Nootka Fisheries OVERVIEWThe Vancouver Island Summary Land Use Plan identified the following fishery uses and potential:
- major salmon migration and rearing areas throughout coastal areas of the region
- important estuarine salmon rearing areas at heads of all inlets and at all streams along Tahsis, Tlupana, Muchalat and Matchlee Inlets
- significant wild clam fishing and prawn fishing areas throughout
- juvenile rockfish rearing areas throughout inlets (e.g. Pacific Ocean Perch rearing in Matchlee Inlet) Important groundfish area from Bajo to Tatchu Point and at the entrance to Nootka inlets.
- Tlupana, Muchalat and Matchlee Inlets recently supporting Pacific Sardine recurrences
- Outer Nootka Sound important dogfish pupping area
- major returning salmon holding area in Nootka Sound and Tlupana Inlet
- important crab areas in Tlupana, Hisnit and Kendrick Inlets, Head and Moutcha Bays, Kleeptee and Silverado Estuaries, Mooya Bay, King Passage and lower Tahsis.
- important herring spawn area from Spanish Pilot Group to Clerke Peninsula and from Friendly Cove to Marvinus Island. Important herring spawning area around Bajo Point, usually not reported due to weather restraints.
- important urchin area in lower Zuciarte Channel and off southeast Nootka Island
- important salmon grounds fronting Bajo Reef.
- important Dentalium shell beds between Grassy and Catala Islands/Rolling Roadstead
- important local salmon migration routes and staging areas throughout Esperanza, Port Eliza, Espinosa, Zeballos and Nuchatlitz Inlets.
- important rockfish rearing areas throughout inlets
- important Pacific Ocean Perch rockfish rearing area at fish farm site at junction of Esperanza/Hecate Channel
- important lingcod nesting sites on reefs at Outer Esperanza
- outer Esperanza, particularly Nuchatlitz Bank and Port Langford are all important herreing spawning areas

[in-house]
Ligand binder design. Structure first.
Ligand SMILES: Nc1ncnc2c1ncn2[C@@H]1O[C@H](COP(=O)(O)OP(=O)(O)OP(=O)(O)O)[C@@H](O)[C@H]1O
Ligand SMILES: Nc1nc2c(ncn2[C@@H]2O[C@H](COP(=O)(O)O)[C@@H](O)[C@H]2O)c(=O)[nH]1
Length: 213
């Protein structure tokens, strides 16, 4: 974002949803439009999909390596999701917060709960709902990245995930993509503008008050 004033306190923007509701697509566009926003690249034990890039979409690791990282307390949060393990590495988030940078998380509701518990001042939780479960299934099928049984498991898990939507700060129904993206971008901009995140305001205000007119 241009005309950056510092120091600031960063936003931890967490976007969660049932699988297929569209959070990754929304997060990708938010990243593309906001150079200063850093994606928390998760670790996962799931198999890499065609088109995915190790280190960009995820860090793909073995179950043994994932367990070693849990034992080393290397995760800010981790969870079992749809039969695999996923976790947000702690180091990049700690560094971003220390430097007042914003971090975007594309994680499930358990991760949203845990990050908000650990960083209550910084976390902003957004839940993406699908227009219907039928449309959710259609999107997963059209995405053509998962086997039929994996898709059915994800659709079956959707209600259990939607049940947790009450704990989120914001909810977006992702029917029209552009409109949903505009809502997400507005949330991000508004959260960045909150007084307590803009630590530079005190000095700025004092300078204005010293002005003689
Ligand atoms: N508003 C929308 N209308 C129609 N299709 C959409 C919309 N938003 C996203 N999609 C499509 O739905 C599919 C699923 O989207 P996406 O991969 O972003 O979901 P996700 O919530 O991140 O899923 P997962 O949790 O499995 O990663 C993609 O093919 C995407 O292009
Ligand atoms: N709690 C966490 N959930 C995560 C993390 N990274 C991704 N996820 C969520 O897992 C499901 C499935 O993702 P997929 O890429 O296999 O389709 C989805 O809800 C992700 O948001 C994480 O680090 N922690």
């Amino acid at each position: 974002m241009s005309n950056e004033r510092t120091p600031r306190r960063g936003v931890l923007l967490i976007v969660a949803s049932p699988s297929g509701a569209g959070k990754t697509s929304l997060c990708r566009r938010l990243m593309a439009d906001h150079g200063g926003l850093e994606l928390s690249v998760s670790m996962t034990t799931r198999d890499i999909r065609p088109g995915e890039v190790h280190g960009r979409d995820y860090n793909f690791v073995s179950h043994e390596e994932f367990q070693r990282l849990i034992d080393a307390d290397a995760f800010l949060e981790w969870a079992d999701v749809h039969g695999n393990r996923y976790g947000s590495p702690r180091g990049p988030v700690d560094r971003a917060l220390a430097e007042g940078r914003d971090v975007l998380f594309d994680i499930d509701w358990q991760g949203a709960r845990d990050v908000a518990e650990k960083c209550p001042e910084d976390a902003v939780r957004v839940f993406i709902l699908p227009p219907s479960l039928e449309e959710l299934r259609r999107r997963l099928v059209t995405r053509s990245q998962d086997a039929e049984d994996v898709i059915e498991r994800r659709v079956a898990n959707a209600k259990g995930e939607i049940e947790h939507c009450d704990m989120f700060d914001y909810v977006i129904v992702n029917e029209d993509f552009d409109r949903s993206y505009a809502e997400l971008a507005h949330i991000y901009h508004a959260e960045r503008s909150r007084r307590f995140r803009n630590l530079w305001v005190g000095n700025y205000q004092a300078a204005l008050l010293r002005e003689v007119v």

- important crab areas in and fronting Nuchatlitz Inlet, in Hecate Channel to Tahsis Narrows and off Rolling Roadstead
- important gooseneck barnacle area off Catala Island and Gillam Channel
- important geoduck areas off Nuchatlitz, Rolling Roadstead and Birthday Channel
Gold River Chinook Project
Founded in 1982, the Gold River Chinook Project performs hatchery, habitat restoration and chinook stock assessment in the Gold - Muchalat area rivers. For more information, or to join as a volunteer, contact John or Betty Frame, at 250/283-7268
Burman River Stock Enhancement - In July 2004, the Gold River Chinook Project(GRCP) released approximately 510,000 Chinook smolts into the Burman River. The smolts had been transferred to net pens in May and on everage, nearly doubled in size upon their release in July.
In September 2004, the GRCP, DFO staff and volunteers took part in the annual stock assessment and broodstock capture. The goal of 500,000 Chinook eggs was netted in one set, and sent to the Conuma hatchery for rearing until Spring '05 when the fish will be transferred to net pens.